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Sunday, 17 February 2013

Review: An Expert in Murder, Nicola Upson, (England)

Title:                                            An Expert in Murder
Author:                                        Nicola Upson
Date/Place of Publication:             2009/HarperCollins, New York
Original Date/Place of Publication: 2008/Faber and Faber Ltd, UK
ISBN #:                                       978-0-06-145153-9
# pages:                                      288
Discovered by chance at the library
Read in paper format
Also available in e-book format
Link to author’s website:

Josephine Tey, noted mystery writer in real life, is now part of a murder mystery herself. Comfortably settled into her train seat, she is heading to London for the closing week of her successful play when a young passenger in her compartment recognizes her. Elspeth Simmons is on her way to see the play for the umpteenth time and is thrilled to meet the author. They have a wonderful chat for the rest of the trip. As they arrive at King’s Cross station, they make plans to meet later so that Elspeth can be introduced to her favourite actor and Josephine is then whisked off by her friends. Unbeknownst to her, a few minutes later, Elspeth is murdered before she leaves the train. Josephine and her compatriots, including close friend Detective Inspector Archie Penrose, become drawn into a chain of events that has more than a few twists and turns.

The historical setting of this book (1934 England) is wonderfully threaded throughout the story by the author. She has captured the sense of people caught between two wars, World War I which still leaves a huge sense of loss, and the impending feeling of a war soon to come. Other historical facts are used effectively to set the time: be it the book Josephine tried to read (“Mr. Munt Carries on”, printed 1934), May Gaskell’s war library for soldiers overseas, the snippets of what the soldiers experienced (particularly the tunnelling companies) or the appearance of noted British pathologist Sir Bernard Spilsbury. Even the play around which the book revolves, “Richard of Bordeaux”, is a play actually written by Josephine Tey, using her other pseudonym, Gordon Daviot.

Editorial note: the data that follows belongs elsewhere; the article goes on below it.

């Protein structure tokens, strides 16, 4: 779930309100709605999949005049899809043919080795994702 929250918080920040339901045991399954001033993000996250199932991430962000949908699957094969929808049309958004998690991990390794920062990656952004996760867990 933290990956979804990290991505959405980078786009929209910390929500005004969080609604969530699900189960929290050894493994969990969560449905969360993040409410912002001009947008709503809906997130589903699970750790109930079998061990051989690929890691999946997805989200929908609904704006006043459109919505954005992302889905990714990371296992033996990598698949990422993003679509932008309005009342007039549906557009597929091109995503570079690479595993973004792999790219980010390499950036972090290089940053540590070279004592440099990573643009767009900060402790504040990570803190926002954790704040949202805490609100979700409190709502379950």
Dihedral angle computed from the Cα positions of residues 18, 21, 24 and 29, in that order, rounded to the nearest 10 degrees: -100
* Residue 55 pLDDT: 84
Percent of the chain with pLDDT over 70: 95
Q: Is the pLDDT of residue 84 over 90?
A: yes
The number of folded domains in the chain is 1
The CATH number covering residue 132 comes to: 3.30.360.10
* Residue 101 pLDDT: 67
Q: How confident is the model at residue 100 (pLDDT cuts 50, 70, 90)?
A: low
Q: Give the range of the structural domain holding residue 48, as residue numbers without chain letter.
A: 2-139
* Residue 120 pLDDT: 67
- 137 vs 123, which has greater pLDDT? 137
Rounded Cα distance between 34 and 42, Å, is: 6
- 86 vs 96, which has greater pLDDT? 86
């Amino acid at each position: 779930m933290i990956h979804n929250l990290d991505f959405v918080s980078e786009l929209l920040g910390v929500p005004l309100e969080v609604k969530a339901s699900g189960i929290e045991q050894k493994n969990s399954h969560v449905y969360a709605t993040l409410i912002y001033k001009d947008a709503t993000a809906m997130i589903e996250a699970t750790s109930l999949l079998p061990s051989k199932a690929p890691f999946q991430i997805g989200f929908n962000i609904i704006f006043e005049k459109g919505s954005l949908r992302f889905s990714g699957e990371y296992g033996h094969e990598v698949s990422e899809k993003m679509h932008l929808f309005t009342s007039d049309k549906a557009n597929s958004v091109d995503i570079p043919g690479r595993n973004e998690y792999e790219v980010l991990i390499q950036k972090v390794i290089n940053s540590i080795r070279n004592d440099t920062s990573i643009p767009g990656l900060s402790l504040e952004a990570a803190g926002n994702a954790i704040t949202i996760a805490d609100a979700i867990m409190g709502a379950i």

The early part of the book did bog down as many pages were devoted to sketching out the numerous characters and their backgrounds but the action picks up with the next murder. A hint as to the murderer’s motivation is set out on page one but it only becomes apparent upon rereading. An enjoyable book.

It was interesting to learn from the Author’s Note at the end of the book that neither Tey nor Daviot was the writer’s true name. It was in fact Elizabeth Mackintosh. Also of note, apparently the play, “Richard of Bordeaux” launched the career of British actor Sir John Gielgud. Ironically, it is the play which is given the most attention in obituaries for Miss Tey in 1952, with her mysteries, for which she is now best known, being relegated briefly to the closing sentences.



  1. I picked up The Daughter of Time just before the Richard III news broke. I hope to get to it soon, and then I may try out this series.

    1. I'm trying to remember if I read The Daughter of Time way back when. It's now on my list of "sometime when I have time" reading :)

  2. Thanks for the review. I have considered reading it but have not made the effort to find a copy. I will look harder now.

    1. I'll be interested in what you think of it, Bill.